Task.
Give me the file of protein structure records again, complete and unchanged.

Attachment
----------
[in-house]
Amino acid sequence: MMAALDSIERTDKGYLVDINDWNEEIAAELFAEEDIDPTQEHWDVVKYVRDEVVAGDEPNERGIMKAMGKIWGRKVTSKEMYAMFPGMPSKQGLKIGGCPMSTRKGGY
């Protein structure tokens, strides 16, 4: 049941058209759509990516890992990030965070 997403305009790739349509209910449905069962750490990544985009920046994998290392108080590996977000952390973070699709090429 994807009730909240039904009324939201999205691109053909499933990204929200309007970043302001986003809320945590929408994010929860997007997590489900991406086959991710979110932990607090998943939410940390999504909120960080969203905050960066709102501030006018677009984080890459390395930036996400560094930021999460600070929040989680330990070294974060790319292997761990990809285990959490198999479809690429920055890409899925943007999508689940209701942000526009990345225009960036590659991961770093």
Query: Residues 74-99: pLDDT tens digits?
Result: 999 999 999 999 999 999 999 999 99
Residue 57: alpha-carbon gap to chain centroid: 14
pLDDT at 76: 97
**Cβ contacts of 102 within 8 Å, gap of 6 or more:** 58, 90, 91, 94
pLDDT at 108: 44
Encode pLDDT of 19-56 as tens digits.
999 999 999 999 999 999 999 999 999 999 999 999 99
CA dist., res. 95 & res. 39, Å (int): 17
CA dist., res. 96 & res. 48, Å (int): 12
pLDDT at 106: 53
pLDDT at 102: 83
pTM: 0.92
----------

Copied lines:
[in-house]
Amino acid sequence: MMAALDSIERTDKGYLVDINDWNEEIAAELFAEEDIDPTQEHWDVVKYVRDEVVAGDEPNERGIMKAMGKIWGRKVTSKEMYAMFPGMPSKQGLKIGGCPMSTRKGGY
């Protein structure tokens, strides 16, 4: 049941058209759509990516890992990030965070 997403305009790739349509209910449905069962750490990544985009920046994998290392108080590996977000952390973070699709090429 994807009730909240039904009324939201999205691109053909499933990204929200309007970043302001986003809320945590929408994010929860997007997590489900991406086959991710979110932990607090998943939410940390999504909120960080969203905050960066709102501030006018677009984080890459390395930036996400560094930021999460600070929040989680330990070294974060790319292997761990990809285990959490198999479809690429920055890409899925943007999508689940209701942000526009990345225009960036590659991961770093």
Query: Residues 74-99: pLDDT tens digits?
Result: 999 999 999 999 999 999 999 999 99
Residue 57: alpha-carbon gap to chain centroid: 14
pLDDT at 76: 97
**Cβ contacts of 102 within 8 Å, gap of 6 or more:** 58, 90, 91, 94
pLDDT at 108: 44
Encode pLDDT of 19-56 as tens digits.
999 999 999 999 999 999 999 999 999 999 999 999 99
CA dist., res. 95 & res. 39, Å (int): 17
CA dist., res. 96 & res. 48, Å (int): 12
pLDDT at 106: 53
pLDDT at 102: 83
pTM: 0.92